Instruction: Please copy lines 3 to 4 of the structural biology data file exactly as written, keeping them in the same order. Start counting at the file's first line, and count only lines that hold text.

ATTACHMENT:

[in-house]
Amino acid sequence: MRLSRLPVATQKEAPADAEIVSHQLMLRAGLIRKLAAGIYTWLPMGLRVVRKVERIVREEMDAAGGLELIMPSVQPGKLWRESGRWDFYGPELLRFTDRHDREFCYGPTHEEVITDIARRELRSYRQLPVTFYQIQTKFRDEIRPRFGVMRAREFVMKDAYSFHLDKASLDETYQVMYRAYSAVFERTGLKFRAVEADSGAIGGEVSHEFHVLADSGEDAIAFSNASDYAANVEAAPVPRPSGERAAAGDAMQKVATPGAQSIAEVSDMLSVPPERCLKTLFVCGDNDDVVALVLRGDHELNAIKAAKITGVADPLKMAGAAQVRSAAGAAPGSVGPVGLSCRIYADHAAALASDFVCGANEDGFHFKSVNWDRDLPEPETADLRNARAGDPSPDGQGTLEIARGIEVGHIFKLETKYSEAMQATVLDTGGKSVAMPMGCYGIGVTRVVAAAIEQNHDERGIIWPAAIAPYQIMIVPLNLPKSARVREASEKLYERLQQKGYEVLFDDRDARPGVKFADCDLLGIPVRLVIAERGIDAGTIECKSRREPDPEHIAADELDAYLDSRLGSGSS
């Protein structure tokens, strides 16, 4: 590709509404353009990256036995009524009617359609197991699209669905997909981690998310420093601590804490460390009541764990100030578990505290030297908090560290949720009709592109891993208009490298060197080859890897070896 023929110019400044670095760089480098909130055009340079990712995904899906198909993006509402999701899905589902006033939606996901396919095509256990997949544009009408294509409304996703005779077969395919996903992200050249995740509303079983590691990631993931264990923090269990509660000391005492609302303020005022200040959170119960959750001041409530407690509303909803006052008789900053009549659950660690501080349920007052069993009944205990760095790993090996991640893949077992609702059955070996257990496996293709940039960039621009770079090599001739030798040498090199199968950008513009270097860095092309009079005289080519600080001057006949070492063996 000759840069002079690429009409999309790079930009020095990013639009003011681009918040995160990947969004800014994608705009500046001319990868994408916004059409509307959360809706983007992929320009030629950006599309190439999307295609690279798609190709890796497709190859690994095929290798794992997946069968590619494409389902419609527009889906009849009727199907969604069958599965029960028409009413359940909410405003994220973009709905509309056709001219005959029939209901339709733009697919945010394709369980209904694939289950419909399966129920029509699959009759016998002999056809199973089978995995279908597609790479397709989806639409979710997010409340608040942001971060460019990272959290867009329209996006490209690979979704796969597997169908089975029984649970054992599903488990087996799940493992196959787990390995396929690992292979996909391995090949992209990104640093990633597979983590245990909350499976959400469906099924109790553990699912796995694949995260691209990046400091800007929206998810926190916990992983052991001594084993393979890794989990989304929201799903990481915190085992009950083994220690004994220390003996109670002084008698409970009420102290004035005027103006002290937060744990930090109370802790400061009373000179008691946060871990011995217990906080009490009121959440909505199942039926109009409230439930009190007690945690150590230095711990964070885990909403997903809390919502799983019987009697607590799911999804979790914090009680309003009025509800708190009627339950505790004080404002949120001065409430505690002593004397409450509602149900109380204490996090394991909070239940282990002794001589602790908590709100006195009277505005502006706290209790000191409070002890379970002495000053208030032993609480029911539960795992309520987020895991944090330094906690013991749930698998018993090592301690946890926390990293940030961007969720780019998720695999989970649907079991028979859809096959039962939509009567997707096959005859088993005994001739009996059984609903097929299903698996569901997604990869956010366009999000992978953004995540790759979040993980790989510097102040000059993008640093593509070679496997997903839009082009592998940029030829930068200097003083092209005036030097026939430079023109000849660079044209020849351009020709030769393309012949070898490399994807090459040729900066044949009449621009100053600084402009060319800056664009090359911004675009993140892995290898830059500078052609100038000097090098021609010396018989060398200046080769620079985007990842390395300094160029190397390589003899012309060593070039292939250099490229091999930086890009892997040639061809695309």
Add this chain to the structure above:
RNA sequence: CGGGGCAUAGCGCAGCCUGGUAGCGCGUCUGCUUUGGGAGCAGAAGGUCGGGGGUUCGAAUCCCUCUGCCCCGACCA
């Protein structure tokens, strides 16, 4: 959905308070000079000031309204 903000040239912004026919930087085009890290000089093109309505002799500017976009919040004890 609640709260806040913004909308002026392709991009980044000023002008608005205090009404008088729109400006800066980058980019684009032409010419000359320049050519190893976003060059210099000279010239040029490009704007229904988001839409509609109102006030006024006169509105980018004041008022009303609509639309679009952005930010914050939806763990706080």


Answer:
């Protein structure tokens, strides 16, 4: 590709509404353009990256036995009524009617359609197991699209669905997909981690998310420093601590804490460390009541764990100030578990505290030297908090560290949720009709592109891993208009490298060197080859890897070896 023929110019400044670095760089480098909130055009340079990712995904899906198909993006509402999701899905589902006033939606996901396919095509256990997949544009009408294509409304996703005779077969395919996903992200050249995740509303079983590691990631993931264990923090269990509660000391005492609302303020005022200040959170119960959750001041409530407690509303909803006052008789900053009549659950660690501080349920007052069993009944205990760095790993090996991640893949077992609702059955070996257990496996293709940039960039621009770079090599001739030798040498090199199968950008513009270097860095092309009079005289080519600080001057006949070492063996 000759840069002079690429009409999309790079930009020095990013639009003011681009918040995160990947969004800014994608705009500046001319990868994408916004059409509307959360809706983007992929320009030629950006599309190439999307295609690279798609190709890796497709190859690994095929290798794992997946069968590619494409389902419609527009889906009849009727199907969604069958599965029960028409009413359940909410405003994220973009709905509309056709001219005959029939209901339709733009697919945010394709369980209904694939289950419909399966129920029509699959009759016998002999056809199973089978995995279908597609790479397709989806639409979710997010409340608040942001971060460019990272959290867009329209996006490209690979979704796969597997169908089975029984649970054992599903488990087996799940493992196959787990390995396929690992292979996909391995090949992209990104640093990633597979983590245990909350499976959400469906099924109790553990699912796995694949995260691209990046400091800007929206998810926190916990992983052991001594084993393979890794989990989304929201799903990481915190085992009950083994220690004994220390003996109670002084008698409970009420102290004035005027103006002290937060744990930090109370802790400061009373000179008691946060871990011995217990906080009490009121959440909505199942039926109009409230439930009190007690945690150590230095711990964070885990909403997903809390919502799983019987009697607590799911999804979790914090009680309003009025509800708190009627339950505790004080404002949120001065409430505690002593004397409450509602149900109380204490996090394991909070239940282990002794001589602790908590709100006195009277505005502006706290209790000191409070002890379970002495000053208030032993609480029911539960795992309520987020895991944090330094906690013991749930698998018993090592301690946890926390990293940030961007969720780019998720695999989970649907079991028979859809096959039962939509009567997707096959005859088993005994001739009996059984609903097929299903698996569901997604990869956010366009999000992978953004995540790759979040993980790989510097102040000059993008640093593509070679496997997903839009082009592998940029030829930068200097003083092209005036030097026939430079023109000849660079044209020849351009020709030769393309012949070898490399994807090459040729900066044949009449621009100053600084402009060319800056664009090359911004675009993140892995290898830059500078052609100038000097090098021609010396018989060398200046080769620079985007990842390395300094160029190397390589003899012309060593070039292939250099490229091999930086890009892997040639061809695309």
Add this chain to the structure above: